About the Author Cassandra Clare is the #1 New York Times and USA TODAY bestselling author of Lord of Shadows and Lady Midnight, as well as the internationally bestselling Mortal Instruments series and Infernal Devices trilogy. She is the coauthor of The Bane Chronicles with Sarah Rees Brennan and Maureen Johnson and Tales from the Shadowhunter Academy with Sarah Rees Brennan, Maureen Johnson, and Robin Wasserman, as well as The Shadowhunter’s Codex, which she cowrote with her husband, Joshua Lewis. Her books have more than 50 million copies in print worldwide and have been translated into more than thirty-five languages, a feature film, and a TV show, Shadowhunters, currently airing on Freeform. Cassandra lives in western Massachusetts. Visit her at CassandraClare.com. Learn more about the world of the Shadowhunters at Shadowhunters.com. Excerpt. © Reprinted by permission. All rights reserved. Lord of Shadows 1 STILL WATERS Kit had only recently found out what a flail was, and now there was a rack of them hanging over his head, shiny and sharp and deadly. He had never seen anything like the weapons room at the Los Angeles Institute before. The walls and floors were white-silver granite, and granite islands rose at intervals throughout the room, making the whole place look like the arms and armor exhibit at a museum. There were staves and maces, cleverly designed walking sticks, necklaces, boots and padded jackets that concealed slim, flat blades for stabbing and throwing. Morning stars covered in terrible spikes, and crossbows of all sizes and types. The granite islands themselves were covered with stacks of gleaming instruments carved out of adamas, the quartz-like substance that Shadowhunters mined from the earth and that they alone knew how to turn into swords and blades and steles. Of more interest to Kit was the shelf that held daggers. It wasn’t that he had any particular desire to learn how to use a dagger—nothing beyond the general interest he figured most teenagers had in deadly weapons, but even then, he’d rather be issued a machine gun or a flamethrower. But the daggers were works of art, their hilts inlaid with gold and silver and precious gems—blue sapphires, cabochon rubies, glimmering patterns of thorns etched in platinum and black diamonds. He could think of at least three people at the Shadow Market who’d buy them off him for good money, no questions asked. Maybe four. Kit stripped off the denim jacket he was wearing—he didn’t know which of the Blackthorns it had belonged to originally; he’d woken up the morning after he’d come to the Institute to find a freshly laundered pile of clothes at the foot of his bed—and shrugged on a padded jacket. He caught a glimpse of himself in the mirror at the far end of the room. Ragged blond hair, the last of fading bruises on his pale skin. He unzipped the inside pocket of the jacket and began to stuff it with sheathed daggers, picking the ones with the fanciest hilts. The door to the weapons room swung open. Kit dropped the dagger he was holding back onto the shelf and turned around hastily. He thought he’d slipped out of his bedroom without being noticed, but if there was one thing he’d come to realize during his short time at the Institute, it was that Julian Blackthorn noticed everything, and his siblings weren’t far behind. But it wasn’t Julian. It was a young man Kit hadn’t ever seen before, though something about him was familiar. He was tall, with tousled blond hair and a Shadowhunter’s build—broad shoulders, muscular arms, the black lines of the runic Marks they protected themselves with peeking out from the collar and cuffs of his shirt. His eyes were an unusual dark gold color. He wore a heavy silver ring on one finger, as many of the Shadowhunters did. He raised an eyebrow at Kit. “Like weapons, do you?” he said. “They’re all right.” Kit backed up a little toward one of the tables, hoping the daggers in his inside pocket didn’t rattle. The man went over to the shelf Kit had been rifling through and picked up the dagger he’d dropped. “You picked a good one here,” he said. “See the inscription on the handle?” Kit didn’t. “It was made by one of the descendants of Wayland the Smith, who made Durendal and Cortana.” The man spun the dagger between his fingers before setting it back on its shelf. “Nothing as extraordinary as Cortana, but daggers like that will always return to your hand after you throw them. Convenient.” Kit cleared his throat. “It must be worth a lot,” he said. “I doubt the Blackthorns are looking to sell,” said the man dryly. “I’m Jace, by the way. Jace Herondale.” He paused. He seemed to be waiting for a reaction, which Kit was determined not to give him. He knew the name Herondale, all right. It felt like it was the only word anyone had said to him in the past two weeks. But that didn’t mean he wanted to give the man—Jace—the satisfaction he was clearly looking for. Jace looked unmoved by Kit’s silence. “And you’re Christopher Herondale.” “How do you know that?” Kit said, keeping his voice flat and unenthusiastic. He hated the name Herondale. He hated the word. “Family resemblance,” said Jace. “We look alike. In fact, you look like drawings of a lot of Herondales I’ve seen.” He paused. “Also, Emma sent me a cell phone picture of you.” Emma. Emma Carstairs had saved Kit’s life. They hadn’t spoken much since, though—in the wake of the death of Malcolm Fade, the High Warlock of Los Angeles, everything had been in chaos. He hadn’t been anyone’s first priority, and besides, he had a feeling she thought of him as a little kid. “Fine. I’m Kit Herondale. People keep telling me that, but it doesn’t mean anything to me.” Kit set his jaw. “I’m a Rook. Kit Rook.” “I know what your father told you. But you’re a Herondale. And that does mean something.” “What? What does it mean?” Kit demanded. Jace leaned back against the wall of the weapons room, just under a display of heavy claymores. Kit hoped one would fall on his head. “I know you’re aware of Shadowhunters,” he said. “A lot of people are, especially Downworlders and mundanes with the Sight. Which is what you thought you were, correct?” “I never thought I was a mundane,” said Kit. Didn’t Shadowhunters understand how it sounded when they used that word? Jace ignored him, though. “Shadowhunter society and history—those aren’t things most people who aren’t Nephilim know about. The Shadowhunter world is made up of families, each of which has a name that they cherish. Each family has a history we pass on to each successive generation. We bear the glories and the burdens of our names, the good and the bad our ancestors have done, through all our lives. We try to live up to our names, so that those who come after us will bear lighter burdens.” He crossed his arms over his chest. His wrists were covered in Marks; there was one that looked like an open eye on the back of his left hand. Kit had noticed all Shadowhunters seemed to have that one. “Among Shadowhunters, your last name is deeply meaningful. The Herondales have been a family who have shaped the destinies of Shadowhunters for generations. There aren’t many of us left—in fact, everyone thought I was the last. Only Jem and Tessa had faith you existed. They looked for you for a long time.” Jem and Tessa. Along with Emma, they had helped Kit escape the demons who had murdered his father. And they had told him a story: the story of a Herondale who had betrayed his friends and fled, starting a new life away from other Nephilim. A new life and a new family line. “I heard about Tobias Herondale,” he said. “So I’m the descendant of a big coward.” “People are flawed,” said Jace. “Not every member of your family is going to be awesome. But when you see Tessa again, and you will, she can tell you about Will Herondale. And James Herondale. And me, of course,” he added, modestly. “As far as Shadowhunters go, I’m a pretty big deal. Not to intimidate you.” “I don’t feel intimidated,” said Kit, wondering if this guy was for real. There was a gleam in Jace’s eye as he spoke that indicated that he might not take what he was saying all that seriously, but it was hard to be sure. “I feel like I want to be left alone.” “I know it’s a lot to digest,” Jace said. He reached out to clap Kit on the back. “But Clary and I will be here for as long as you need us to—” The clap on the back dislodged one of the daggers in Kit’s pocket. It clattered to the ground between them, winking up from the granite floor like an accusing eye. “Right,” Jace said into the ensuing silence. “So you’re stealing weapons.” Kit, who knew the pointlessness of an obvious denial, said nothing. “Okay, look, I know your dad was a crook, but you’re a Shadowhunter now and—wait, what else is in that jacket?” Jace demanded. He did something complicated with his left boot that kicked the dagger up into the air. He caught it neatly, the rubies in the hilt scattering light. “Take it off.” Silently, Kit shucked off his jacket and threw it down on the table. Jace flipped it over and opened the inside pocket. They both gazed silently at the gleam of blades and precious stones. “So,” Jace said. “You were planning on running away, I take it?” “Why should I stay?” Kit exploded. He knew he shouldn’t, but he couldn’t help it—it was too much: the loss of his father, his hatred of the Institute, the smugness of the Nephilim, their demands that he accept a last name he didn’t care about and didn’t want to care about. “I don’t belong here. You can tell me all this stuff about my name, but it doesn’t mean anything to me. I’m Johnny Rook’s son. I’ve been training my whole life to be like my dad, not to be like you. I don’t need you. I don’t need any of you. All I need is some start-up money, and I can set up my own booth at the Shadow Market.” Jace’s gold eyes narrowed, and for the first time Kit saw, under the arrogant, joking facade, the gleam of a sharp intelligence. “And sell what? Your dad sold information. It took him years, and a lot of bad magic, to build up those connections. You want to sell your soul like that, so you can scratch out a living on the edges of Downworld? And what about what killed your dad? You saw him die, didn’t you?” “Demons—” “Yeah, but somebody sent them. The Guardian might be dead, but that doesn’t mean no one’s looking for you. You’re fifteen years old. You might think you want to die, but trust me—you don’t.” Kit swallowed. He tried to picture himself standing behind the counter of a booth at the Shadow Market, the way he had for the past few days. But the truth was he’d always been safe at the Market because of his dad. Because people were afraid of Johnny Rook. What would happen to him there without his dad’s protection? “But I’m not a Shadowhunter,” Kit said. He glanced around the room, at the millions of weapons, the piles of adamas, the gear and body armor and weapon belts. It was ridiculous. He wasn’t a ninja. “I wouldn’t even know how to start to be one.” “Give it another week,” Jace said. “Another week here at the Institute. Give yourself a chance. Emma told me how you fought off those demons who killed your dad. Only a Shadowhunter could have done that.” Kit barely remembered battling the demons in his father’s house, but he knew he’d done it. His body had taken over, and he’d fought, and he’d even, in a small, strange, hidden way, enjoyed it. “This is what you are,” said Jace. “You’re a Shadowhunter. You’re part angel. You have the blood of angels in your veins. You’re a Herondale. Which, by the way, means that not only are you part of a stunningly good-looking family, but you’re also part of a family that owns a lot of valuable property, including a London town house and a manor in Idris, which you’re probably entitled to part of. You know, if you were interested.” Kit looked at the ring on Jace’s left hand. It was silver, heavy, and looked old. And valuable. “I’m listening.” “All I am saying is give it a week. After all”—Jace grinned—“Herondales can’t resist a challenge.” *   *   * “A Teuthida demon?” Julian said into the phone, his eyebrows crinkling. “That’s basically a squid, right?” The reply was inaudible: Emma could recognize Ty’s voice, but not the words. “Yeah, we’re at the pier,” Julian went on. “We haven’t seen anything yet, but we just arrived. Too bad they don’t have designated parking spots for Shadowhunters here . . . .” Her mind only half on Julian’s voice, Emma glanced around. The sun had just gone down. She’d always loved the Santa Monica Pier, since she was a little girl and her parents had taken her there to play air hockey and ride the old-fashioned merry-go-round. She loved the junk food—burgers and milk shakes, fried clams and giant swirled lollipops—and Pacific Park, the run-down amusement park at the very end of the pier, overlooking the Pacific Ocean. The mundanes had poured millions of dollars into revamping the pier into a tourist attraction over the years. Pacific Park was full of new, shiny rides; the old churro carts were gone, replaced by artisanal ice cream and lobster platters. But the boards under Emma’s feet were still warped and weathered by years of sun and salt. The air still smelled like sugar and seaweed. The merry-go-round still spilled its mechanical music into the air. There were still coin-toss games where you could win a giant stuffed panda. And there were still dark spaces under the pier, where aimless mundanes gathered and sometimes, more sinister things. That was the thing about being a Shadowhunter, Emma thought, glancing toward the massive Ferris wheel decorated with gleaming LED lights. A line of mundanes eager to get on stretched down the pier; past the railings, she could glimpse the dark blue sea tipped with white where the waves broke. Shadowhunters saw the beauty in the things mundanes created—the lights of the Ferris wheel reflecting off the ocean so brightly that it looked as if someone were setting off fireworks underwater: red, blue, green, purple, and gold—but they saw the darkness, too, the danger and the rot. “What’s wrong?” Julian asked. He’d slid his phone into the pocket of his gear jacket. The wind—there was always wind on the pier, the wind that blew ceaselessly off the ocean, smelling of salt and faraway places—lifted the soft waves of his brown hair, made them kiss his cheeks and temples. Dark thoughts, Emma wanted to say. She couldn’t, though. Once Julian had been the person she could tell everything. Now he was the one person she couldn’t tell anything. Instead she avoided his gaze. “Where are Mark and Cristina?” “Over there.” He pointed. “By the ring toss.” Emma followed his gaze to the brightly painted stand where people competed to see who could toss a plastic ring and land it around the neck of one of a dozen lined-up bottles. She tried not to feel superior that this was apparently something mundanes found difficult. Julian’s half brother, Mark, held three plastic rings in his hand. Cristina, her dark hair caught up in a neat bun, stood beside him, eating caramel corn and laughing. Mark threw the rings: all three at once. Each spiraled out in a different direction and landed around the neck of a bottle. Julian sighed. “So much for being inconspicuous.” A mixture of cheers and noises of disbelief went up from the mundanes at the ring toss. Fortunately, there weren’t many of them, and Mark was able to collect his prize—something in a plastic bag—and escape with a minimum of fuss. He headed back toward them with Cristina at his side. The tips of his pointed ears peeked through the loops of his light hair, but he was glamoured so that mundanes wouldn’t see them. Mark was half-faerie, and his Downworlder blood showed itself in the delicacy of his features, the tips of his ears, and the angularity of his eyes and cheekbones. “So it’s a squid demon?” Emma said, mostly just to have something to say to fill the silence between her and Julian. There were a lot of silences between her and Julian these days. It had only been two weeks since everything had changed, but she felt the difference profoundly, in her bones. She felt his distance, though he had never been anything but scrupulously polite and kind ever since she had told him about her and Mark. “Apparently,” Julian said. Mark and Cristina had come into earshot; Cristina was finishing her caramel corn and looking sadly into the bag as if hoping more would appear. Emma could relate. Mark, meanwhile, was gazing down at his prize. “It climbs up the side of the pier and snatches people—mostly kids, anyone leaning over the side taking a picture at night. It’s been getting braver, though. Apparently someone spotted it inside the game area near the table hockey—is that a goldfish?” Mark held up his plastic bag. Inside it, a small orange fish swam around in a circle. “This is the best patrol we’ve ever done,” he said. “I have never been awarded a fish before.” Emma sighed inwardly. Mark had spent the past few years of his life with the Wild Hunt, the most anarchic and feral of all faeries. They rode across the sky on all manner of enchanted beings—motorcycles, horses, deer, massive snarling dogs—and scavenged battlefields, taking valuables from the bodies of the dead and giving them in tribute to the Faerie Courts. He was adjusting well to being back among his Shadowhunter family, but there were still times when ordinary life seemed to take him by surprise. He noticed now that everyone was looking at him with raised eyebrows. He looked alarmed and placed a tentative arm around Emma’s shoulders, holding out the bag in the other hand. “I have won for you a fish, my fair one,” he said, and kissed her on the cheek. It was a sweet kiss, gentle and soft, and Mark smelled like he always did: like cold outside air and green growing things. And it made absolute sense, Emma thought, for Mark to assume that everyone was startled because they were waiting for him to give her his prize. She was, after all, his girlfriend. She exchanged a worried glance with Cristina, whose dark eyes had gotten very large. Julian looked as if he were about to throw up blood. It was only a brief look before he schooled his features back into indifference, but Emma drew away from Mark, smiling at him apologetically. “I couldn’t keep a fish alive,” she said. “I kill plants just by looking at them.” “I suspect I would have the same problem,” Mark said, eyeing the fish. “It is too bad—I was going to name it Magnus, because it has sparkly scales.” At that, Cristina giggled. Magnus Bane was the High Warlock of Brooklyn, and he had a penchant for glitter. “I suppose I had better let him go free,” Mark said. Before anyone could say anything, he made his way to the railing of the pier and emptied the bag, fish and all, into the sea. “Does anyone want to tell him that goldfish are freshwater fish and can’t survive in the ocean?” said Julian quietly. “Not really,” said Cristina. “Did he just kill Magnus?” Emma asked, but before Julian could answer, Mark whirled around. All humor had gone from his expression. “I just saw something scuttle up one of the pilings below the pier. Something very much not human.” Emma felt a faint shiver pass over her skin. The demons who made the ocean their habitation were rarely seen on land. Sometimes she had nightmares where the ocean turned itself inside out and vomited its contents onto the beach: spiny, tentacled, slimy, blackened things half-crushed by the weight of water. Within seconds, each of the Shadowhunters had a weapon in hand—Emma was clutching her sword, Cortana, a golden blade given to her by her parents. Julian held a seraph blade, and Cristina her butterfly knife. “Which way did it go?” Julian asked. “Toward the end of the pier,” said Mark; he alone had not reached for a weapon, but Emma knew how fast he was. His nickname in the Wild Hunt had been elf-shot, for he was swift and accurate with a bow and arrow or a thrown blade. “Toward the amusement park.” “I’ll go that way,” Emma said. “Try to drive it off the edge of the pier—Mark, Cristina, you go down under, catch it if it tries to crawl back into the water.” They barely had time to nod, and Emma was off and running. The wind tugged at her braided hair as she wove through the crowd toward the lighted park at the pier’s end. Cortana felt warm and solid in her hand, and her feet flew over the sea-warped wooden slats. She felt free, her worries cast aside, everything in her mind and body focused on the task at hand. She could hear footsteps beside her. She didn’t need to look to know it was Jules. His footsteps had been beside hers for all the years she had been a fighting Shadowhunter. His blood had been spilled when hers was. He had saved her life and she had saved his. He was part of her warrior self. “There,” she heard him say, but she’d already seen it: a dark, humped shape clambering up the support structure of the Ferris wheel. The carriages continued to rotate around it, the passengers shrieking in delight, unaware. Emma hit the line for the wheel and started shoving her way through it. She and Julian had put glamour runes on before they’d gotten to the pier, and they were invisible to mundane eyes. That didn’t mean they couldn’t make their presence felt, though. Mundanes in line swore and yelled as she stomped on feet and elbowed her way to the front. A carriage was just swinging down, a couple—a girl eating purple cotton candy and her black-clad, lanky boyfriend—about to climb in. Glancing up, Emma saw a flicker as the Teuthida demon slithered around the top of the wheel support. Swearing, Emma pushed past the couple, nearly knocking them aside, and leaped into the carriage. It was octagonal, a bench running around the inside, with plenty of room to stand. She heard yells of surprise as the carriage rose, lifting her away from the scene of chaos she’d created below, the couple who’d been about to board the wheel yelling at the ticket taker, and the people in line behind them yelling at each other. The carriage rocked under her feet as Julian landed beside her, setting it to swinging. He craned his head up. “Do you see it?” Emma squinted. She had seen the demon, she was sure of that, but it seemed to have vanished. From this angle, the Ferris wheel was a mess of bright lights, spinning spokes, and white-painted iron bars. The two carriages below her and Julian were empty of people; the line must still be sorting itself out. Good, Emma thought. The fewer people who got on the wheel, the better. “Stop.” She felt Julian’s hand on her arm, turning her around. Her whole body tensed. “Runes,” he said shortly, and she realized he was holding his stele in his free hand. Their carriage was still rising. Emma could see the beach below, the dark water spilling up onto the sand, the hills of Palisades Park rising vertically above the highway, crowned with a fringe of trees and greenery. The stars were dim but visible beyond the bright lights of the pier. Julian held her arm neither roughly nor gently, but with a sort of clinical distance. He turned it over, his stele describing quick motions over her wrist, inking runes of protection there, runes of speed and agility and enhanced hearing. This was the closest Emma had been to Jules in two weeks. She felt dizzy from it, a little drunk. His head was bent, his eyes fixed on the task at hand, and she took the opportunity to absorb the sight of him. The lights of the wheel had turned amber and yellow; they powdered his tanned skin with gold. His hair fell in loose, fine waves over his forehead. She knew the way the skin by the corners of his mouth was soft, and the way his shoulders felt under her hands, strong and hard and vibrant. His lashes were long and thick, so dark that they seemed to have been charcoaled; she half expected them to leave a dusting of black powder on the tops of his cheekbones when he blinked. He was beautiful. He had always been beautiful, but she had noticed it too late. And now she stood with her hands at her sides and her body aching because she couldn’t touch him. She could never touch him again. He finished what he was doing and spun the stele around so the handle was toward her. She took it without a word as he pulled aside the collar of his shirt, under his gear jacket. The skin there was a shade paler than the tanned skin on his face and hands, scored over and over with the faint white Marks of runes that had been used up and faded away. She had to move a step nearer to Mark him. The runes bloomed under the tip of the stele: agility, night vision. Her head reached just to the level of his chin. She was staring directly at his throat, and saw him swallow. “Just tell me,” he said. “Just tell me that he makes you happy. That Mark makes you happy.” She jerked her head up. She had finished the runes; he reached to take the stele from her motionless hand. For the first time in what felt like forever, he was looking directly at her, his eyes turned dark blue by the colors of the night sky and the sea, spreading out all around them as they neared the top of the wheel. “I’m happy, Jules,” she said. What was one lie among so many others? She had never been someone who lied easily, but she was finding her way. When the safety of people she loved depended on it, she’d found, she could lie. “This is—this is smarter, safer for both of us.” The line of his gentle mouth hardened. “That’s not—” She gasped. A writhing shape rose up behind him—it was the color of an oil slick, its fringed tentacles clinging to a spoke of the wheel. Its mouth was wide open, a perfect circle ringed with teeth. “Jules!” she shouted, and flung herself from the carriage, catching onto one of the thin iron bars that ran between the spokes. Dangling by one hand, she slashed out with Cortana, catching the Teuthida as it reared back. It yowled, and ichor sprayed; Emma cried out as it splashed her neck, burning her skin. A knife punched into the demon’s round, ribbed body. Pulling herself up onto a spoke, Emma glanced down to see Julian poised on the edge of the carriage, another knife already in hand. He sighted down along his arm, let the second knife fly— It clanged off the bottom of an empty carriage. The Teuthida, incredibly fast, had whipped its way out of sight. Emma could hear it scrabbling downward, along the tangle of metal bars that made up the inside of the wheel. Emma sheathed Cortana and began to crawl along the length of her spoke, heading toward the bottom of the wheel. LED lights exploded around her in purple and gold. There was ichor and blood on her hands, making the descent slippery. Incongruously, the view from the wheel was beautiful, the sea and the sand opening in front of her in all directions, as if she were dangling off the edge of the world. She could taste blood in her mouth, and salt. Below her, she could see Julian, out of the carriage, clambering along a lower spoke. He glanced up at her and pointed; she followed the line of his hand and saw the Teuthida nearly at the wheel’s center. Its tentacles were whipping around its body, slamming at the heart of the wheel. Emma could feel the reverberations through her bones. She craned her neck to see what it was doing and went cold—the center of the ride was a massive bolt, holding the wheel onto its structural supports. The Teuthida was yanking at the bolt, trying to rip it free. If the demon succeeded in disengaging it, the whole structure would pull away from its moorings and roll off the pier, like a disconnected bicycle wheel. Emma had no illusions that anyone on the wheel, or near it, would survive. The wheel would crumple in on itself, crushing anyone underneath. Demons thrived on destruction, on the energy of death. It would feast. The Ferris wheel rocked. The Teuthida had its tentacles fastened firmly to the iron bolt at the wheel’s heart and was twisting it. Emma redoubled her crawling speed, but she was too far above the wheel’s middle. Julian was closer, but she knew the weapons he was carrying: two knives, which he’d already thrown, and seraph blades, which weren’t long enough for him to reach the demon. He looked up at her as he stretched his body out along the iron bar, wrapped his left arm around it to anchor himself, and held the other arm out, his hand outstretched. She knew, immediately, without having to wonder, what he was thinking. She breathed in deep and let go of the spoke. She fell, down toward Julian, stretching out her own hand to reach for his. They caught and clasped, and she heard him gasp as he took her weight. She swung forward and down, her left hand locked around his right, and with her other hand she whipped Cortana from its sheath. The weight of her fall carried her forward, swinging her toward the middle of the wheel. The Teuthida demon raised its head as she sailed toward it, and for the first time, she saw its eyes—they were oval, glossed with a protective mirrorlike coating. They almost seemed to widen like human eyes as she whipped Cortana forward, driving it down through the top of the demon’s head and into its brain. Its tentacles flailed—a last, dying spasm as its body pulled free of the blade and skittered, rolling along one of the downward-slanted spokes of the wheel. It reached the end and tumbled off. In the distance, Emma thought she heard a splash. But there was no time to wonder. Julian’s hand had tightened on hers, and he was pulling her up. She slammed Cortana back into its sheath as he hauled her up, up, onto the spoke where he was lying so that she collapsed awkwardly, half on top of him. He was still clasping her hand, breathing hard. His eyes met hers, just for a second. Around them, the wheel spun, lowering them back down toward the ground. Emma could see crowds of mundanes on the beach, the shimmer of water along the shoreline, even a dark head and a light one that could be Mark and Cristina . . . . “Good teamwork,” Julian said finally. “I know,” Emma said, and she did. That was the worst thing: that he was right, that they still worked so perfectly together as parabatai. As warrior partners. As a matched pair of soldiers who could never, ever be parted. *   *   * Mark and Cristina were waiting for them under the pier. Mark had kicked off his shoes and was partway into the ocean water. Cristina was folding away her butterfly knife. At her feet was a patch of slimy, drying sand. “Did you see the squid thingie fall off the Ferris wheel?” Emma asked as she and Julian drew near. Cristina nodded. “It fell into the shallows. It wasn’t quite dead, so Mark dragged it up onto the beach and we finished it off.” She kicked at the sand in front of her. “It was very disgusting, and Mark got slime on him.” “I’ve got ichor on me,” Emma said, looking down at her stained gear. “That was one messy demon.” “You are still very beautiful,” Mark said with a gallant smile. Emma smiled back at him, as much as she could. She was unbelievably grateful to Mark, who was playing his part in all this without a word of complaint, though he must have found it strange. In Cristina’s opinion, Mark was getting something out of the pretense, but Emma couldn’t imagine what. It wasn’t as if Mark liked lying—he’d spent so many years among faeries, who were incapable of untruths, that he found it unnatural. Julian had stepped away from them and was on the phone again, speaking in a low voice. Mark splashed up out of the water and jammed his wet feet into his boots. Neither he nor Cristina was fully glamoured, and Emma noticed the stares of mundane passersby as he came toward her—because he was tall, and beautiful, and because he had eyes that shone brighter than the lights of the Ferris wheel. And because one of his eyes was blue, and the other one was gold. And because there was something about him, something indefinably strange, a trace of the wildness of Faerie that never failed to make Emma think of untrammeled, wide-open spaces, of freedom and lawlessness. I am a lost boy, his eyes seemed to say. Find me. Reaching Emma, he lifted his hand to push back a lock of her hair. A wave of feeling went through her—sadness and exhilaration, a longing for something, though she didn’t know what. “That was Diana,” Julian said, and even without looking at him, Emma could picture his face as he spoke—gravity, thoughtfulness, a careful consideration of whatever the situation was. “Jace and Clary have arrived with a message from the Consul. They’re holding a meeting at the Institute, and they want us there now.”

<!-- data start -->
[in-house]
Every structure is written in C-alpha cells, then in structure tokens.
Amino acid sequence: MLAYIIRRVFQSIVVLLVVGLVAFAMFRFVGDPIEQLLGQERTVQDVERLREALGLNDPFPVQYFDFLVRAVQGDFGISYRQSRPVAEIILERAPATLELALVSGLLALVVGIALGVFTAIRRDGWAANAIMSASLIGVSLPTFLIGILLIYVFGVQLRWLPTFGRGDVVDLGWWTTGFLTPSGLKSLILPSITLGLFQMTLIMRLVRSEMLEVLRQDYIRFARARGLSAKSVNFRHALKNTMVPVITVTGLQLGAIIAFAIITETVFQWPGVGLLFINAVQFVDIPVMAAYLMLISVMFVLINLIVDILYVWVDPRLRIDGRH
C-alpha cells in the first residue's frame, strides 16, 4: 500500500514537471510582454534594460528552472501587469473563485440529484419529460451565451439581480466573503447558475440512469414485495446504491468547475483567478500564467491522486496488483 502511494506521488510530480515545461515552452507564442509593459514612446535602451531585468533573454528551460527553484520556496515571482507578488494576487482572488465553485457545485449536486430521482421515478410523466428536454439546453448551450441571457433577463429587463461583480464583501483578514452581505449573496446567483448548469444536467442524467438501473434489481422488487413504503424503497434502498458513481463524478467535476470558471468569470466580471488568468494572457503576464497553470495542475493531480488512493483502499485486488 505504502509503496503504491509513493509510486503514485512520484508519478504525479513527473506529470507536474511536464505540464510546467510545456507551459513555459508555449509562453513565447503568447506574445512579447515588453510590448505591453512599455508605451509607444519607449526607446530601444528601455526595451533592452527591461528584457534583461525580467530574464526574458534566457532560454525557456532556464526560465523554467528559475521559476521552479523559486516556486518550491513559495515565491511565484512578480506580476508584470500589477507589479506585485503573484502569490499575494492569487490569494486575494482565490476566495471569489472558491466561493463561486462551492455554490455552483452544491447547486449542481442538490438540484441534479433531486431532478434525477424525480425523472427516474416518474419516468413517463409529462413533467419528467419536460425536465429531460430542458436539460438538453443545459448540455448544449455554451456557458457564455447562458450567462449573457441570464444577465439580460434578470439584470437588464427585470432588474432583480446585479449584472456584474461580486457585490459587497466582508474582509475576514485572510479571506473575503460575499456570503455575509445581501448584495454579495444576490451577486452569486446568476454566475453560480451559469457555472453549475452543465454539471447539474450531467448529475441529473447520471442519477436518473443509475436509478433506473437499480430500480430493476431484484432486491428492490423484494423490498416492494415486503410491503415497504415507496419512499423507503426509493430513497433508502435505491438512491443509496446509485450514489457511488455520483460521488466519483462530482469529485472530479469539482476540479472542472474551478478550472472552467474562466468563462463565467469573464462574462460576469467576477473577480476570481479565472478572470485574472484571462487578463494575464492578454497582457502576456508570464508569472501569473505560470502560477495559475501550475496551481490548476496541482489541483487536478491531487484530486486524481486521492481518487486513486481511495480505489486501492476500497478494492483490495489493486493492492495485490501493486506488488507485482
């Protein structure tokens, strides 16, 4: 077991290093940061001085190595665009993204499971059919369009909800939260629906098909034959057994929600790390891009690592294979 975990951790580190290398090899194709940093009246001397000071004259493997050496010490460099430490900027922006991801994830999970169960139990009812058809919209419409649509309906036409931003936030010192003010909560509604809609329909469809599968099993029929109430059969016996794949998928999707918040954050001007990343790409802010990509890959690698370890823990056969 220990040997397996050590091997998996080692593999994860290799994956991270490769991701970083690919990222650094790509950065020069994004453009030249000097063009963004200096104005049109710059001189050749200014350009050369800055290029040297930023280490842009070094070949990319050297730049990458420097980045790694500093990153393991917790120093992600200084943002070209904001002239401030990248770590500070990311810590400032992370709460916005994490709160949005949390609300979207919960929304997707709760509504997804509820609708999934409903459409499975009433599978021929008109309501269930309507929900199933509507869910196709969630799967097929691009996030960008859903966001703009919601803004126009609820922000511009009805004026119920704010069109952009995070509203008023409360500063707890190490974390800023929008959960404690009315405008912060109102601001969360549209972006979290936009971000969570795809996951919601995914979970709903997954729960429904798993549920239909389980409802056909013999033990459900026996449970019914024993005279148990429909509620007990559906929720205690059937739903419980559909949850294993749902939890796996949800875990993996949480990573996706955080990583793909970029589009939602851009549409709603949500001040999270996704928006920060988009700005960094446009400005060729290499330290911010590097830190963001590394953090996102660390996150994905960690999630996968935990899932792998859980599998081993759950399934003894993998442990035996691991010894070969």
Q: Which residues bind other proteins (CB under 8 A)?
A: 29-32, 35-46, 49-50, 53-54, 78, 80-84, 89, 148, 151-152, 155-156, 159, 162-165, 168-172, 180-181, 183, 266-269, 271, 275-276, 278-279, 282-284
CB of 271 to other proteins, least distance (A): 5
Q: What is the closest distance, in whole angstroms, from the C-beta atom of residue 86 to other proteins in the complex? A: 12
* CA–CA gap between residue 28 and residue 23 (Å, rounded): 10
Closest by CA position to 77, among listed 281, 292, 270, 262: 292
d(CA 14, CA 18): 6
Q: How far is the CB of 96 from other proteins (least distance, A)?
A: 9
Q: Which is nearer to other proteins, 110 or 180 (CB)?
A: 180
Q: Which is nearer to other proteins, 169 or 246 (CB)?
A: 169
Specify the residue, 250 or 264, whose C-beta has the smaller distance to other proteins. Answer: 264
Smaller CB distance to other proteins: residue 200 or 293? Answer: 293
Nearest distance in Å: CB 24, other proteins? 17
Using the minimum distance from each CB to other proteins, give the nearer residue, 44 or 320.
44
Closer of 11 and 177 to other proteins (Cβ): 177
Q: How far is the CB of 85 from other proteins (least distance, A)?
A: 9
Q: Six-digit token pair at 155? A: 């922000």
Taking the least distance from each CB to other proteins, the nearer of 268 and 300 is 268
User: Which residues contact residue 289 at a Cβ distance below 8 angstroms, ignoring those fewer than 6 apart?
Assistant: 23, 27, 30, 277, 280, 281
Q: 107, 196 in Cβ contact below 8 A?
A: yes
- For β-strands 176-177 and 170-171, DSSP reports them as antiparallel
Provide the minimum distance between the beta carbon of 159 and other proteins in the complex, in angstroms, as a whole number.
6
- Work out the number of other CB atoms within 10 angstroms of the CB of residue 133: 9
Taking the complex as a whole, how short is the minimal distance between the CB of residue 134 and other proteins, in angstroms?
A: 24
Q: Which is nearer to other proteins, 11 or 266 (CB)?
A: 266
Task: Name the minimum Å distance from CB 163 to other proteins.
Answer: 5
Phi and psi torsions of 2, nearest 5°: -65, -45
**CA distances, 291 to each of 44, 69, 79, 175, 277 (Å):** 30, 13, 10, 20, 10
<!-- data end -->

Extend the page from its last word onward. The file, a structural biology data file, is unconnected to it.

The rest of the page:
2017
in Movies, music & books
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MidWest iCrate Folding Metal Dog Crate Size:30-Inch w/Divider | Style:Single Door | Color:Crate The “all inclusive” iCrate, folding metal dog crate by MidWest
3
$26.36 USD

Size:30-Inch w/Divider | Style:Single Door | Color:Crate The “all inclusive” iCrate, folding metal dog crate by MidWest Homes for Pets includes all of the features you will need to provide a convenient, safe and secure pet home for your best friend. This metal dog crate includes a free divider panel allowing you to adjust the size of the dog crate while your dog is still growing, a plastic leak-proof pan for easy clean-up in the event of an accident, a strong plastic carrying handle for easy portability and rubber “roller” feet on the bottom of the crate to protect your floors inside the home. Every iCrate metal dog crate folds down for convenient storage. We at MidWest Homes for Pets understand that your dog is a part of your family and that’s why we ensure our dog crates are manufactured with the highest quality control standards creating a safe home for your pet that you can feel confident with. MidWest Homes for Pets stands behind the quality of our products with a 1 Year Manufacturer’s Warranty. If you have any questions about our dog crates our customer service department would be glad to help you. MidWest customer service can be contacted at: 1-800-428-8560, available 8:00 AM – 5:00 PM, Monday – Friday.

2017
in Pantry, household & pets